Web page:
How to Remove a Charge-off from Your Credit Report
Future lenders want to know that the person they are extending credit to is willing and able to pay back their debt obligations. However, the presence of a charged-off account can be a huge red flag for potential creditors.
In fact, charge-off accounts can affect your creditworthiness to the extent that you may not get approved for the loan you are seeking, or if you are approved, you don’t get the best terms possible. Subprime loan terms can cost you thousands over the life of a loan due to having higher interest rates.
If you want to avoid the damage a charge-off account can cause to your credit, consider taking steps to remove it. Although there’s no guarantee you’ll get the exact results you expect, it can be worthwhile to attempt removal. Here’s what you need to know about removing charge-offs from your credit report.
Table of Contents
- Check your credit report for charge-off counts
- Put together the details of the debt
- If the charge-off is inaccurate, inform the credit bureaus of the error
- If the debt is accurate and unpaid, try paying it off
- If you can’t pay the full amount, negotiate a pay-for-delete agreement
- Get everything in writing
- Hire a credit repair company if you need help
How to remove a charge-off from your credit report
Check your credit report for charge-off accounts
The first thing you’ll want to do is understand the entirety of your potential charge-off account. So, the first thing you’ll do is check your credit report. You can get access to your free credit report online each year at annualcreditreport.com, from each credit reporting agency (CRA): TransUnion, Equifax and Experian.
From here, learn how to read your credit report and find the information you need about your charged-off accounts. The details you are looking for could be in the “credit history and accounts” section, where you can find information on missed or late payments and get a better handle on your outstanding debt and collection accounts.
Next, take a look at the “negative information” or “public records” section. Here you’ll find every negative items that can lower your credit score, such as bankruptcies, foreclosures, charge-offs, delinquent payments or repossessions.
Before responding to a debt collection, check the statute of limitations in your state.
It’s important to go through this information for accuracy. If you find anything reported incorrectly with the credit reporting agencies, you can take steps to update or remove the information (which we’ll discuss below).
Put together the details of the debt
After you’ve learned how to get a credit report and done some sleuthing, it’s time to gather and confirm all the details of the past due debt. This step is especially important because if something isn’t correct, you have some disputing rights that could provide some relief ranging from reducing your debt to removing the charge-off from your credit or even updating your credit report with more favorable information regarding the negative account.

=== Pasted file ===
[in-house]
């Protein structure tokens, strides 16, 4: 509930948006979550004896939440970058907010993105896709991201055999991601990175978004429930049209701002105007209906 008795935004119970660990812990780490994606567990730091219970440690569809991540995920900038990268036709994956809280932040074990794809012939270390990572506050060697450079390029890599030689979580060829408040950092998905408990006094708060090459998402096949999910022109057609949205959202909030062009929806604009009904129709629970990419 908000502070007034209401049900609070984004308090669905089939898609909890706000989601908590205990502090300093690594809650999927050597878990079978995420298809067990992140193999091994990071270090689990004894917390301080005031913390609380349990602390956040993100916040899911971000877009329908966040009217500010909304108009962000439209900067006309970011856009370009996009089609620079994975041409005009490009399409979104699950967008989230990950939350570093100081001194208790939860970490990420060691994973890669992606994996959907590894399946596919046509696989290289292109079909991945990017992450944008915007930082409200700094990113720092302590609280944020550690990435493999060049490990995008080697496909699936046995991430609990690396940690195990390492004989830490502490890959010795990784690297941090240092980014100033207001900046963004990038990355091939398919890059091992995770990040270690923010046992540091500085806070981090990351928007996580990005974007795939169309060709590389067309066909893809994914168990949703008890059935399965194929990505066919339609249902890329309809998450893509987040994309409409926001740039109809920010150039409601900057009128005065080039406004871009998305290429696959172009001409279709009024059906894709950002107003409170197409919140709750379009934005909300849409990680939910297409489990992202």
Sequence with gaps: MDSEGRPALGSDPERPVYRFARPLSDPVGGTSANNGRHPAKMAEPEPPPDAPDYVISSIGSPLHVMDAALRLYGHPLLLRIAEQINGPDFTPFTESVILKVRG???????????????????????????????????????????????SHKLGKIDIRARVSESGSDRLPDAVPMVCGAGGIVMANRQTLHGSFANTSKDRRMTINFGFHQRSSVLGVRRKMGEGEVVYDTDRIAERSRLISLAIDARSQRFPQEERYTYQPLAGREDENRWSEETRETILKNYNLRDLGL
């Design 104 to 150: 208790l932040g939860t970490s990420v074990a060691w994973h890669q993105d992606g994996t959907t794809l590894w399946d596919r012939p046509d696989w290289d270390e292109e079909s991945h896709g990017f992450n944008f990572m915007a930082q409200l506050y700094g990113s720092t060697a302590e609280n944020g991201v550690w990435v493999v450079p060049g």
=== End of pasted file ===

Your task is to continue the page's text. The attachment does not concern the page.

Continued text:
Here are the details you need to check:
- Account number: This is the account number with the original creditor.
- Original creditor name: The company that originally billed you for the product or services
- Open date: When you first opened your account with the original creditor
- Charge-off date: When the original creditor deems your debt uncollectible and writes it off their books
- Payment history: A record of when you made or missed payments along with when your account was last active
- Borrower names: Whose name is attached to the debt
- Balance: How much is owed
Pay special attention to things like the dates, the amount owed and the type of debt. For instance, collection agencies may report the date they purchased your delinquent account as the date the account was last active rather than the date the original lender or creditor charged off the account. This practice can actually prolong the time frame during which this debt affects your credit score, as older charge-offs affect your credit less as time passes.
You should also check the account balance for additional fees tacked on to the original debt that should not be there. Although you may be responsible for late fees, penalties or interest, it should line up with a stated fee schedule from the original creditor. In essence, there are no bogus fees added to your account balance.
Finally, make sure you recognize the name of the original creditor and the name of the debt is attached to you as well. It’s not uncommon for creditors to mix up people with the same or similar names with one another along with their debt.
If the charge-off is inaccurate, inform the credit bureaus of the error
Supposing you find erroneous information regarding the account, you now have a right to dispute the charge-off. Federal law allows you to initiate a dispute with the credit bureaus’ reporting information you believe to be inaccurate.